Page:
Human-Grade Dog Food 

human-grade dog food

What does “human-grade dog food” mean exactly? Does it mean the ingredients are high quality and human edible, or is it just a marketing term that means nothing? After all, pet food makers are all jockeying for our dog food dollars. So let’s take a look at what human-grade means and whether the term is regulated. 

What is Human-Grade Dog Food? 

The Association of American Feed Control Officials (AAFCO) oversees pet food labeling and regulations. They determine how pet foods can be labelled and what claims can be stated about the food. According to AAFCO, human-grade “has no definition in any animal feed regulations.”

But that doesn’t mean there’s no way to  determine high quality ingredients that we might eat from the low quality ingredients and waste products that often find their way into pet foods. The USDA does offer a way to tell if dog food ingredients are really human-grade. 

Edible Vs Inedible 

Inspecting human foods for quality and safety falls under the  United States Department of Agriculture (USDA). While the USDA also doesn’t use the term human-grade, they do define products that are fit for human consumption as “edible.” 

While many pet food ingredients can be rotting carcasses and waste products, all “edible foods” must follow federal (FDA) regulations for safe manufacturing, packing and storage. But pet food makers always find a way around regulations and they found a way to make “inedible” foods sound like they’re better than they are. 

For example, you might find a human-grade dog food that says “sourced from a USDA inspected facility.” However, all most foods go through a USDA inspected facility: it’s how they come out that matters. While edible food is handled and stored safely and finds its way to the human food market, the adulterated decaying, discarded waste is sold to pet food companies. AAFCO allows and even encourages these “inedible”  ingredients in pet foods, including “hair, hoof, horn, hide trimmings, manure, stomach and rumen contents.”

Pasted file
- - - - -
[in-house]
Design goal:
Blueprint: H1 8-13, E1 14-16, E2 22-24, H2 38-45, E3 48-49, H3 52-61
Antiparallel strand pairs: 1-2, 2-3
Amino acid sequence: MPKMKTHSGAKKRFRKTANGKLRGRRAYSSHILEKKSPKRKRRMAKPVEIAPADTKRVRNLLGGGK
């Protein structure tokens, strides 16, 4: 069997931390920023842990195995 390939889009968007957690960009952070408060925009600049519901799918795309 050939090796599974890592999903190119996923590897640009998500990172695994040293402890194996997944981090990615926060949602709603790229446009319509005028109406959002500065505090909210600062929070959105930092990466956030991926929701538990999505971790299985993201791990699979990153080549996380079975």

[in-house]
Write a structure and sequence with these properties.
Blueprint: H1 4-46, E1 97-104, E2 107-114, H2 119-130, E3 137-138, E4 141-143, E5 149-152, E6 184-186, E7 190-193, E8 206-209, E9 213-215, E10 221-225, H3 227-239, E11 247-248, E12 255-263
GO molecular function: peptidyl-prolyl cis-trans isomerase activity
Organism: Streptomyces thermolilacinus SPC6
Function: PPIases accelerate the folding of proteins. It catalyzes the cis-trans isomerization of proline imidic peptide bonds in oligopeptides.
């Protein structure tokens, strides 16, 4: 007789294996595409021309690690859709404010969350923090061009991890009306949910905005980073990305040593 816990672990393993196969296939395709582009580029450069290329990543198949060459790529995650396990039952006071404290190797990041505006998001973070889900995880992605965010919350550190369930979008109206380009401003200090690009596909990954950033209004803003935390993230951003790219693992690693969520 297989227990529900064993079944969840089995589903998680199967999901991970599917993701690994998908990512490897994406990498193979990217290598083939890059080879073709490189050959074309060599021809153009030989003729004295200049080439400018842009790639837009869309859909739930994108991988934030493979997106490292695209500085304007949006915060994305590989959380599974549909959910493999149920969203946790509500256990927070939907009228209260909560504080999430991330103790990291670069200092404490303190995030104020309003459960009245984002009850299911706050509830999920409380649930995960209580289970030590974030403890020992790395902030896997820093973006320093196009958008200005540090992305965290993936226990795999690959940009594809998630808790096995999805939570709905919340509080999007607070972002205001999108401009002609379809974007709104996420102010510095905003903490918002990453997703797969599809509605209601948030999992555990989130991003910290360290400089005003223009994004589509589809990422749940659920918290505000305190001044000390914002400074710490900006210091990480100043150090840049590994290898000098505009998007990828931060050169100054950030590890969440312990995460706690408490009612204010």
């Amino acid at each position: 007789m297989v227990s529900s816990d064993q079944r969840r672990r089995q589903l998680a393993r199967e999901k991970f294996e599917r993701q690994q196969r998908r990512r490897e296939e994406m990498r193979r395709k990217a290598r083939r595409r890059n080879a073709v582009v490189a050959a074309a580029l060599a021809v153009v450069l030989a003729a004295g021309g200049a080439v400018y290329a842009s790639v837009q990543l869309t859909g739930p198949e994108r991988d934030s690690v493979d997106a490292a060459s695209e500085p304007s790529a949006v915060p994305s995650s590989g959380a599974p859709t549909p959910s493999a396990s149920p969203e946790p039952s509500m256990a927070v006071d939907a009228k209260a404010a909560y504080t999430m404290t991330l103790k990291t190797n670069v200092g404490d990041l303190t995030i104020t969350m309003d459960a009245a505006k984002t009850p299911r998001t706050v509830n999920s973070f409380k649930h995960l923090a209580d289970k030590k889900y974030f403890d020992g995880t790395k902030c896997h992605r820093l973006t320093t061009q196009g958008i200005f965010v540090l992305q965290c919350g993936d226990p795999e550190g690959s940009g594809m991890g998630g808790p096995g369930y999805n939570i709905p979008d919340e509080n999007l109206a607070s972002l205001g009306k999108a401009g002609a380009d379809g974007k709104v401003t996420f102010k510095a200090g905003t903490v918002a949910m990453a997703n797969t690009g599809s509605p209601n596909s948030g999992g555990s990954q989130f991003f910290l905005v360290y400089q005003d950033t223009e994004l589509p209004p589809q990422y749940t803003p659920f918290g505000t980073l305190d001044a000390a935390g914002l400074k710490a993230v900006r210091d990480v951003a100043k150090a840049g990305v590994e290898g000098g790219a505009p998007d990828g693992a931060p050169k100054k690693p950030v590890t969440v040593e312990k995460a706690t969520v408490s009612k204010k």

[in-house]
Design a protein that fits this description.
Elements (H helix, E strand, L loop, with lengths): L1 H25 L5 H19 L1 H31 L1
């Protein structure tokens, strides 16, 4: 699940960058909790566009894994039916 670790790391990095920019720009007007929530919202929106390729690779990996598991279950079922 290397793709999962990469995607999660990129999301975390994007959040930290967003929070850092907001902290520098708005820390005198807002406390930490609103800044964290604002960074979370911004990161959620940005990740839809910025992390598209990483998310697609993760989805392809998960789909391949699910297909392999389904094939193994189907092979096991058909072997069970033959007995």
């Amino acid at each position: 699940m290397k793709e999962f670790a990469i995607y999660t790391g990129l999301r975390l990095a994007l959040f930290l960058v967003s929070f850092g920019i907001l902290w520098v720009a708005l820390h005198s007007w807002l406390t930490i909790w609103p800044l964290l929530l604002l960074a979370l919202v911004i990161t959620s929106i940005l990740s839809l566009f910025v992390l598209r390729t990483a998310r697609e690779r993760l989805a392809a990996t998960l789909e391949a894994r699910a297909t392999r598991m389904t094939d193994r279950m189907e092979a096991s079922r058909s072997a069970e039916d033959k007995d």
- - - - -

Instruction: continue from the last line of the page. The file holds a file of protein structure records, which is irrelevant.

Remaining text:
AAFCO Guidelines For Human-Grade Claims

Because of the confusion to the consumer, AAFCO is now offering some guidelines for companies wanting to make human-grade claims: 

  • The product as a whole must be fit for human consumption. Claims cannot apply to individual ingredients if the finished product is not human-grade.
  • Manufacturers must have documentation for safe storage, handling and processing processes. 
  • The manufacturing facility must have a license to produce human food.
  • The food must hold a clear label for its intended use (eg, dog food).”

To avoid false claims, pet food companies will add restrictions to their human-grade statements. For example, they may say, “sourced from a USDA inspected facility.” But this doesn’t mean the ingredients are edible, nor does it mean they are clean and safe. 

If a manufacturer meets these guidelines, they can call their food “human-grade dog food”. However AAFCO claims that these criteria are hardly ever completed by pet food companies as this would make the food too expensive for consumers. AAFCO also doesn’t enforce the guidelines.

Note: AAFCO is in the process of developing an official definition for human-grade foods. This is expected to be published some time in 2023 after it goes through AAFCO’s formal approval process.

Who Is Involved In Human-Grade Dog Food Claims? 

There are a few organizations at play when it comes to pet food standards & regulations. So it can get a little confusing. Let’s clarify who does what in the pet food world.

The FDA 

The US Food and Drug Administration (FDA) is the federal agency responsible for regulating pet foods. The FDA “writes regulations and guidelines for animal feed manufacturers to follow when making animal feed.” The FDA also helps to regulate pet food labels. They ensure labels include information such as the name and location of the manufacturer. Ingredient listing in descending order is also something they watch.